I recently had the opportunity to cook for a small group of relatives. Like you, I’ve got all kinds of relatives. This night, some were strictly avoiding meat, dairy, and refined carbs; others, not so much. So I tried to make everyone happy with a sort of a hash – carrots, red bell pepper, chick peas, onions and garlic, fresh parsley and thyme, all browned and softened in a cast-iron skillet with plenty of olive oil.
As I brought it to the table, I could not imagine a possible objection.
“Wait – you cooked that in olive oil?” asked one young man, incredulously. “Didn’t you know it’s unhealthy? It’s okay to eat, but not to cook with.”
“Actually,” said his girlfriend, “all oil is bad for you. It doesn’t matter if you cook in it. Even nuts are unhealthy, because they contain oil. I read this in a book.”
And that is when my head exploded.
To be fair, the fat and oil situation is complicated. It’s complicated to begin with, and then it gets worse when people try to oversimplify it (i.e. saturated fats are always bad). And it’s not just a matter of oversimplification: some of the things we hear are just plain wrong. For example, margarine is not better than butter. Coconut oil will not raise your cholesterol. It’s enough to make your head spin.
Hence, this article. It will be a three-parter. Part one this month will cover the basics. Part 2 in October will be the fun part: oils to use in your kitchen. November will talk about omega-3 and omega-6 fats, plus therapeutic oils.
So, where do we start? How about with some generalizations of our own.
The Biggest Generalization #1: oils from fruits, nuts, and edible seeds are healthy. By which I mean to say, they’re not just “neutral,” they’re actually good.
- Fruits: avocado, olive, palm fruit…
- Nuts: coconut, macadamia, walnut, pistachio, hazelnut…
- Seeds: hemp seed, flax seed, sesame, sunflower; and yes, grape seed…
The Biggest Generalization #1½: almost no fats are inherently unhealthy (although many are merely neutral: empty calories). Trans-fats are unhealthy, of course. Some oils become unhealthy because of how they’re processed and stored…
The Biggest Generalization #2: not all healthy oils are healthy in all situations. Some of the best are also the easiest to damage with heat, oxygen and time.
What’s the difference between saturated fats and unsaturated fats? Chemistry is the difference! Long story short: molecules of saturated fat are more stable – they have a tendency to just “sit there” and not interact. So on one hand, they’re less likely to do anything, exert “vitamin-like” effects in the body. On the other hand, they don’t go rancid as easily, and stand up better to high-heat cooking. You can recognize saturated fats because they’re solid at or around room temperature: think butter, coconut oil, palm oil.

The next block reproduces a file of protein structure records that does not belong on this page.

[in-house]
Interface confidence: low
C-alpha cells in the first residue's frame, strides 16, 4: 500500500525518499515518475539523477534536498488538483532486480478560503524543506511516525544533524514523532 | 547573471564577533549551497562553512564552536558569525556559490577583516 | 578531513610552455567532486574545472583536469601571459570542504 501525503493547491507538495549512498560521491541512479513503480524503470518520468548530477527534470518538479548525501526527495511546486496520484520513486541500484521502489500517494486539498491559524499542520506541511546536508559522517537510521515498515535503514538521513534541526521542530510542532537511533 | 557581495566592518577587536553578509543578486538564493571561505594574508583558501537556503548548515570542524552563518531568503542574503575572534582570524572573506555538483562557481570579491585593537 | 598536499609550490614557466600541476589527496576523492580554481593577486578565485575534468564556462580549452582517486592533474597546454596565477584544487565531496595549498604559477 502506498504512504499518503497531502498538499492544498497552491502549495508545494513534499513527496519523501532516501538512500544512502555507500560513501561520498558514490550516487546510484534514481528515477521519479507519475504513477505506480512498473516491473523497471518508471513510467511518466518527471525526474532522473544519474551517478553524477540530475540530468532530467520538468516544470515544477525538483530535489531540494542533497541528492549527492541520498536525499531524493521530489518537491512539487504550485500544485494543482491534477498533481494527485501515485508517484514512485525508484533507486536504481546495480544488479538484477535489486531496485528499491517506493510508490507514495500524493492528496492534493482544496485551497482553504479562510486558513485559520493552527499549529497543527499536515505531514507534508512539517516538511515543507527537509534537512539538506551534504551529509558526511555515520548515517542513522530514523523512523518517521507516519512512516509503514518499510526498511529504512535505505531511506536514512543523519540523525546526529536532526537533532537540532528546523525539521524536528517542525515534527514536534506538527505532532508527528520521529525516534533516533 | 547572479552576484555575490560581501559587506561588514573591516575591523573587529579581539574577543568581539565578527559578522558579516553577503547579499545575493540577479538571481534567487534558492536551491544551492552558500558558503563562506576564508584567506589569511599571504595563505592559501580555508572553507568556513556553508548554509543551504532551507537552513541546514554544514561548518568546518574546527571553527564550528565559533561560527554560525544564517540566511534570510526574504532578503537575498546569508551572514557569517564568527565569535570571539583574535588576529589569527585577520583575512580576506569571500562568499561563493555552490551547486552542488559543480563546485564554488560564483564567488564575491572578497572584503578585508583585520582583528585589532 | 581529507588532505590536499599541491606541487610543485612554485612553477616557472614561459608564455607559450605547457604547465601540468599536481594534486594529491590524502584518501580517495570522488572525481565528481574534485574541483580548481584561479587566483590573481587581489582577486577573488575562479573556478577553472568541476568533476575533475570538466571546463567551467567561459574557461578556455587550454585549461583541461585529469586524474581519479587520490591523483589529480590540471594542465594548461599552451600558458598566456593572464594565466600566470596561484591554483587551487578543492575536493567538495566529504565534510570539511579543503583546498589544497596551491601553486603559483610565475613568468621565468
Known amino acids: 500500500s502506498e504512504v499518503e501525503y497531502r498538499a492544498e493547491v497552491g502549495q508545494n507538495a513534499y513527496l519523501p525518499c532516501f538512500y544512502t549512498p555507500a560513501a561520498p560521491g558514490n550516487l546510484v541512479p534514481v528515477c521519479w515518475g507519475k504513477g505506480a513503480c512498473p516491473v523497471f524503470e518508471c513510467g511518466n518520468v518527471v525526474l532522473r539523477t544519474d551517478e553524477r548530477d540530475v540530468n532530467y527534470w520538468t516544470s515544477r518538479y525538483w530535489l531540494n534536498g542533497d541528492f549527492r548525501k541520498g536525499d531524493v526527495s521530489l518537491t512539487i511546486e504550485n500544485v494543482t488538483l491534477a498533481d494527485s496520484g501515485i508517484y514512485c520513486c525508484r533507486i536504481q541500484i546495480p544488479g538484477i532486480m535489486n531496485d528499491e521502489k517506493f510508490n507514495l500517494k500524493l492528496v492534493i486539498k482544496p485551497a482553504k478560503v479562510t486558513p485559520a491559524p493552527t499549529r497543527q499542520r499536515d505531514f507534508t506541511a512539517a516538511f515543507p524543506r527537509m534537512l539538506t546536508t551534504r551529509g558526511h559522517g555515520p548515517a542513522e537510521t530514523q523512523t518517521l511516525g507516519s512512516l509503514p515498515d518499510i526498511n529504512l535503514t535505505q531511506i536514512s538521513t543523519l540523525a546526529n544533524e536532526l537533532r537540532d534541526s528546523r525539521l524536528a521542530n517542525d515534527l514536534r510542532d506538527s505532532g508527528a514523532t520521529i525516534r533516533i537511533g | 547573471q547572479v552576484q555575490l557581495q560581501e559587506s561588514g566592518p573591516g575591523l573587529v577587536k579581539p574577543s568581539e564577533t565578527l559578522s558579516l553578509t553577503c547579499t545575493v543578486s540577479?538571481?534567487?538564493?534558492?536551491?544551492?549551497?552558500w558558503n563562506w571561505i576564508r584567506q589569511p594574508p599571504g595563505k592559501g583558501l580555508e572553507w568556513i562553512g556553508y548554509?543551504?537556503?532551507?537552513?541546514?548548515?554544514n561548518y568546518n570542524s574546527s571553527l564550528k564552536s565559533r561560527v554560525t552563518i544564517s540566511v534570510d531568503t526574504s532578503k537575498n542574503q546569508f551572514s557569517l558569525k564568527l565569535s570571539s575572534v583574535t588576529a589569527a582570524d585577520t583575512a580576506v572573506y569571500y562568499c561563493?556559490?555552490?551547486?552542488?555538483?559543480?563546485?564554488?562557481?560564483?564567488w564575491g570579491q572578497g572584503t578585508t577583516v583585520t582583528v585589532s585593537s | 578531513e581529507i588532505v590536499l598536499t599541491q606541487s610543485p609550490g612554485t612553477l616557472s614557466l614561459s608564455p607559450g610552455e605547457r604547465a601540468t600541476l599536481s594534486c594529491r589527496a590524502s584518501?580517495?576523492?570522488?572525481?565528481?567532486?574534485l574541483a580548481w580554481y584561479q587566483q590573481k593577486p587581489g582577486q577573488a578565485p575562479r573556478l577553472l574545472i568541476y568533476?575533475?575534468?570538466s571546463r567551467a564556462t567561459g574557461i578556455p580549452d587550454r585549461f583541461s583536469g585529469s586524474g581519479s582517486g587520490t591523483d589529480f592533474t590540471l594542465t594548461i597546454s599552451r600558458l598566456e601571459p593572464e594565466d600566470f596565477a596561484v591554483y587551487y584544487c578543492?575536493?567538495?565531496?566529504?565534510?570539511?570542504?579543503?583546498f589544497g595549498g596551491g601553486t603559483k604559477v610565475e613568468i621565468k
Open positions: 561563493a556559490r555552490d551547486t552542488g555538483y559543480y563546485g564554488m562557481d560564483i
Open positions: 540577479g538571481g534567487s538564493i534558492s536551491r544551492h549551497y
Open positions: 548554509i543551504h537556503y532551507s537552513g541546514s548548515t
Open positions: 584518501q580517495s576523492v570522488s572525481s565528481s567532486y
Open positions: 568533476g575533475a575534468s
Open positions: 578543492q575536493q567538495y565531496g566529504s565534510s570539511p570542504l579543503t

Polyunsaturated fats, on the other hand, are highly reactive. There’s a better chance they’ll do something good for you. Also, a better chance they’ll get damaged by heat, light, air, and time. So you want to keep them in the fridge, away from light, and airtight; use them fairly quickly, and don’t heat them too much. All too often – unless they’re packed in dark glass, pressed fresh, and stored under refrigeration – they’re already damaged by the time they get to you. You can tell polyunsaturated fats because they stay liquid even in the fridge: think canola, flax, fish oil.
Monounsaturated fats like olive and grapeseed oils are in between. They can stand up to cooking, but you probably don’t want to get them too hot. They’re fine for 10-15 minutes of heat, as long as they don’t start smoking. Monounsaturates tend to solidify or “cloud” a little bit in the fridge: think olive oil.
Of course I’m guilty of oversimplification as well. No oil is just one kind of fat or another. For example, olive oil is predominantly monounsaturated, not entirely so. Nature is rarely “pure”!
What’s the deal with cold-pressed oils? Cold-pressed (or expeller-pressed, or virgin) oils are extracted using pressure to squeeze the seed. Even with newfangled machines, this is still an old-fashioned technology. It’s clean and safe. But it leaves behind about 10-25% of the oil.
Heating the seeds can speed the process, but may damage the oils. And then there’s hexane. Hexane is a powerful solvent, which can get those last drops out. However, hexane is also potentially hazardous, more so to the environment than to the consumer of the finished product.
You should assume that any oil that isn’t described as “cold-pressed,” isn’t.
What are unrefined vs. refined oils? Just like we can make white flour from whole wheat, by removing the fiber-rich bran and nutrient-rich germ, so edible oils can also be refined. Processes like degumming, bleaching, neutralizations, and deodorization seek to remove naturally occurring “impurities” like phospholipids, chlorophyll, carotenoids, sterols, lignans, and volatile compounds responsible for an oil’s unique color, flavor, and aroma. Bear in mind that almost all these “impurities” are substance we sell you, in pill form, to improve your health!
The upside of a highly processed oil is its versatility: it won’t taste or look or smell like anything in particular, so you can use it in anything. Refined oils also stand up better to high heats. So, for frying, or when other oils start to smoke. The downsides are loss of nutrition, loss of shelf life, and loss of flavor.
 Notice I said edible seeds. If you cannot picture buying the seed at a grocery store and eating it, it does not count. Cottonseed, I’m looking at you.
 These are not necessarily toxic or dangerous processes…
 Ghee, or clarified butter, is a benign type of refined oil. Here, the impurities removed aren’t healthy plant compounds, but milk solids like lactose and casein.